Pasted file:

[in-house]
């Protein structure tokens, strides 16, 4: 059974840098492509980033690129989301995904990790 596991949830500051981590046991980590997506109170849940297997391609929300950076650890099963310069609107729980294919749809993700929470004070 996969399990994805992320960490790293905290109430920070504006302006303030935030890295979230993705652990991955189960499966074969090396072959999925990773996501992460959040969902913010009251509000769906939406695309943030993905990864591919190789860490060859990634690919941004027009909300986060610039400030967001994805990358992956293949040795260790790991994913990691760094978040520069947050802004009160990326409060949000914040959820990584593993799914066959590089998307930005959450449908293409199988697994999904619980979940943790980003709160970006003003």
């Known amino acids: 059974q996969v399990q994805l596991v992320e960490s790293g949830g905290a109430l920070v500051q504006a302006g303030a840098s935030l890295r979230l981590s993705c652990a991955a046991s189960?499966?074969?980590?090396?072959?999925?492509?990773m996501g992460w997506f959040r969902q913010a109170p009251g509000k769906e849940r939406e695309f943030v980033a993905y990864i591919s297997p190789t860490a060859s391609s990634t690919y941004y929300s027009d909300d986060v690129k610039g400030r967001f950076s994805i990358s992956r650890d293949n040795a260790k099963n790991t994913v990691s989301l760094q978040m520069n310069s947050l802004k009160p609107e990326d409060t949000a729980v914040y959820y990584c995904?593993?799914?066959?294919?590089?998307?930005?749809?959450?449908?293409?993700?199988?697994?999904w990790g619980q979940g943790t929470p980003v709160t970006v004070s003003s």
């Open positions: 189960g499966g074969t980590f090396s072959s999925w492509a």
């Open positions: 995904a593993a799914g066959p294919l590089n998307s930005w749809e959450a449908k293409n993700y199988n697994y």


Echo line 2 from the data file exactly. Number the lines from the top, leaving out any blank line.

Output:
């Protein structure tokens, strides 16, 4: 059974840098492509980033690129989301995904990790 596991949830500051981590046991980590997506109170849940297997391609929300950076650890099963310069609107729980294919749809993700929470004070 996969399990994805992320960490790293905290109430920070504006302006303030935030890295979230993705652990991955189960499966074969090396072959999925990773996501992460959040969902913010009251509000769906939406695309943030993905990864591919190789860490060859990634690919941004027009909300986060610039400030967001994805990358992956293949040795260790790991994913990691760094978040520069947050802004009160990326409060949000914040959820990584593993799914066959590089998307930005959450449908293409199988697994999904619980979940943790980003709160970006003003």